Chick-Fil-A established relationships with customers and clients by finding out what they like. There was a portion of the book which explains how nuggets came to be a part of the menu and not just part of the party platter – because Truett talked to customers and found out that this is what they wanted. Conducting informal interviews and surveys is a way of researching to gather data. At the same time, letting a customer know that a company is interested in learning about their demands so these demands can be satisfied creates the long term connection that relationship marketing aims for.

III. Conclusion:

It was a beautiful book. I would recommend it to any entrepreneur who believes that he can claim to be an ethical person while pulling all sorts of stunts to evade liability to employees, customers and even the law. This book is a reminder that a business is a juridical person composed of real persons.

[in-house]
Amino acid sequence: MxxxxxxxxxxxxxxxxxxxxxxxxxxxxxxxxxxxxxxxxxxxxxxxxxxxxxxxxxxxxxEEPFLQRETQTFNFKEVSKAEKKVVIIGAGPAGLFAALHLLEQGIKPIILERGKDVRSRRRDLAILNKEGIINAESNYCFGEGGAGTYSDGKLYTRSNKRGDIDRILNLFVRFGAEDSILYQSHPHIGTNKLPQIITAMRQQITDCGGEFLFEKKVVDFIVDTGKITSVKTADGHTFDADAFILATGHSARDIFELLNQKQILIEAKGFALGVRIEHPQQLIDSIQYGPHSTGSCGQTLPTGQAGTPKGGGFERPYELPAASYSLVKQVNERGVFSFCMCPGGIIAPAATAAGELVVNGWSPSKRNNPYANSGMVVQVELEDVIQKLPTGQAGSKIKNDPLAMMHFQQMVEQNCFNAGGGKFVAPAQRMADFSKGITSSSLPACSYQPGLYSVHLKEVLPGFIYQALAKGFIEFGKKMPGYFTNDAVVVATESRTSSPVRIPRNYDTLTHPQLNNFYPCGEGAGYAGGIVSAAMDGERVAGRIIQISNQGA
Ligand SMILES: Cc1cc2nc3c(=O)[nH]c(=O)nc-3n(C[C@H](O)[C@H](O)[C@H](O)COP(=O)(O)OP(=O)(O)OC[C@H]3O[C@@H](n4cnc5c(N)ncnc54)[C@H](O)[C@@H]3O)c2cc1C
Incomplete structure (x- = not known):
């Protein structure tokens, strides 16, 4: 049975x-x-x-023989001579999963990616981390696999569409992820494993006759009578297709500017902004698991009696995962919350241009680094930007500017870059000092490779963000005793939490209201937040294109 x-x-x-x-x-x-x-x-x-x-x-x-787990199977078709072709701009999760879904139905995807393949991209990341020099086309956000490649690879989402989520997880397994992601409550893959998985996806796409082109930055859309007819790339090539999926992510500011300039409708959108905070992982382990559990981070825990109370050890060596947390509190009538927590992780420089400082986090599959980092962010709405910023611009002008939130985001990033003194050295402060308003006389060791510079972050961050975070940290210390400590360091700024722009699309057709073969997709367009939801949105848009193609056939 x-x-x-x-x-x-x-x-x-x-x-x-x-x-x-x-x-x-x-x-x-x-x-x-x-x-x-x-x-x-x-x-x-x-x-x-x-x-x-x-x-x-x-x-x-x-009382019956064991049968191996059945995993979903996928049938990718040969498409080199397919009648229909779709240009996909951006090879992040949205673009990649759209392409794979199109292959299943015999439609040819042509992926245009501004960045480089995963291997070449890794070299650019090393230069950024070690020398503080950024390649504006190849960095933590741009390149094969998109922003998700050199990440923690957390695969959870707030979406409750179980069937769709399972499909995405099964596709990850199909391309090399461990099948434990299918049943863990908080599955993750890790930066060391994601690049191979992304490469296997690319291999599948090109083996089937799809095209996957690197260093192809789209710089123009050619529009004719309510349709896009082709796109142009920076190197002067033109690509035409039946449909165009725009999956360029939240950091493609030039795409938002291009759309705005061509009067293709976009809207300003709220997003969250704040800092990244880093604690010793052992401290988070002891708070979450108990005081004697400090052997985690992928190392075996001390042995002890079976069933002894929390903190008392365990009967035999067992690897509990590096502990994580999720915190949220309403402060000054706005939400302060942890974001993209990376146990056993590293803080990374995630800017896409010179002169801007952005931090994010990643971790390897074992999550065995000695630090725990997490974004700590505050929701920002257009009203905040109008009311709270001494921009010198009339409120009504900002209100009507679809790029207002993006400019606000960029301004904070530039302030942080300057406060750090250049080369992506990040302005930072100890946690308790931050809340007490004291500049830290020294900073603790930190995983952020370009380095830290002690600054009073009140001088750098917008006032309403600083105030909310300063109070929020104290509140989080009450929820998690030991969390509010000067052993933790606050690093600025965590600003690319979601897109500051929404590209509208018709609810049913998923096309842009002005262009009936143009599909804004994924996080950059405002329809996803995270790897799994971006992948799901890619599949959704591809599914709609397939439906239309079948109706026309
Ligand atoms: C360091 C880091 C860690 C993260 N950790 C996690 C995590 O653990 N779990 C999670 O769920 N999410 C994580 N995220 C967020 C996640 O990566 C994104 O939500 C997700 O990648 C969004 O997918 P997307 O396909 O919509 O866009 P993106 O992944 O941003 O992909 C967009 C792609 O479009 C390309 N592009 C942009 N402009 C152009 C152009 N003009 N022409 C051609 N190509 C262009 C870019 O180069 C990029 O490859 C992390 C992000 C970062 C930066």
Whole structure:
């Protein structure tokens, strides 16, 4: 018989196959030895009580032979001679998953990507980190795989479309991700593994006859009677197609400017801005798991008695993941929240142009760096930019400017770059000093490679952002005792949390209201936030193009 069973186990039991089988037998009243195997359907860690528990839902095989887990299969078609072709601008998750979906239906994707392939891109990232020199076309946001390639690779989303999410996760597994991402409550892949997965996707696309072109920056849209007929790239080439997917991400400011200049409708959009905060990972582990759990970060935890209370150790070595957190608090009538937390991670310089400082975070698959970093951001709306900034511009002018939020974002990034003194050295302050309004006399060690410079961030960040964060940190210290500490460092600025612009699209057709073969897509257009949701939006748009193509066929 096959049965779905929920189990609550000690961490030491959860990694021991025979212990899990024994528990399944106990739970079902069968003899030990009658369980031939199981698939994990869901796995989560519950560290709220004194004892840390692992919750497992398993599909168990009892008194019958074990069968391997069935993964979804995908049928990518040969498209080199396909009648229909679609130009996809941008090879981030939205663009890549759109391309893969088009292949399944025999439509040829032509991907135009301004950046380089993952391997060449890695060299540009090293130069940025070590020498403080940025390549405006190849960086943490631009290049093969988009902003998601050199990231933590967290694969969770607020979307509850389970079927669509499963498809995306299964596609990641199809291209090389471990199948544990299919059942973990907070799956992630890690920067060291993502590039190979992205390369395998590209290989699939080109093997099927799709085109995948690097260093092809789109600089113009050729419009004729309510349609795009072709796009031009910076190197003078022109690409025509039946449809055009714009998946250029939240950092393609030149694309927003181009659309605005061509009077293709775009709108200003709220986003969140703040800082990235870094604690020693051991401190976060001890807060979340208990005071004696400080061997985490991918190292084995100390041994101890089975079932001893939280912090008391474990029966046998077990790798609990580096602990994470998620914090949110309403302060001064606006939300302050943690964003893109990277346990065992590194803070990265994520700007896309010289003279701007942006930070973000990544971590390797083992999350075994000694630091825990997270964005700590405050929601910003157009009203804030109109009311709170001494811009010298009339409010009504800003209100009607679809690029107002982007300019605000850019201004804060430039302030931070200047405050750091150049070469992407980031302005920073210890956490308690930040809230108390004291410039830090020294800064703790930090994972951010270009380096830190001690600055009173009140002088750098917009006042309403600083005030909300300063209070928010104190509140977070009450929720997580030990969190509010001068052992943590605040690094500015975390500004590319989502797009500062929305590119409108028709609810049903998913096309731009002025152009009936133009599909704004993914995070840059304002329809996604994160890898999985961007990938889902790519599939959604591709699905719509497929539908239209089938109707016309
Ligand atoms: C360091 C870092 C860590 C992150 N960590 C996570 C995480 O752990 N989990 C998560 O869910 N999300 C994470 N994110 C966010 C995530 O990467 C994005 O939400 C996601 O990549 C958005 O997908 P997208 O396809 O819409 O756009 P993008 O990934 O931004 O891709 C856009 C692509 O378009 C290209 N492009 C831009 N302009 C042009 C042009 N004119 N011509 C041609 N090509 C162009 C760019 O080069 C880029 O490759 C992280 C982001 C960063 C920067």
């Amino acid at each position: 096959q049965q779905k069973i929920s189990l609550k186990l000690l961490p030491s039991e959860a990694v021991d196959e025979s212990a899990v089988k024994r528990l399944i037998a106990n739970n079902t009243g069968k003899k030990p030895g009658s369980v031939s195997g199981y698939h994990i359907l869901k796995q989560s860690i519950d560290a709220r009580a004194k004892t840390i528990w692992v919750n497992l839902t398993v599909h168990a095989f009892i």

A juridical person has no soul but the real persons composing it have. What makes this book so appealing is it’s far reaching implications. While it was intended to be for business people, it has stories which apply to ordinary people as well. It teaches ordinary people the value of hard work, faith, and believing in what other people have to offer. If there is any criticism I can offer for this book, it is the lack of depth on public relations and management tactics. Again, it is intended for business people, and I think it would have helped them more if Cathy gave specific tactics on how to lead people within the world of restaurants and headquarters.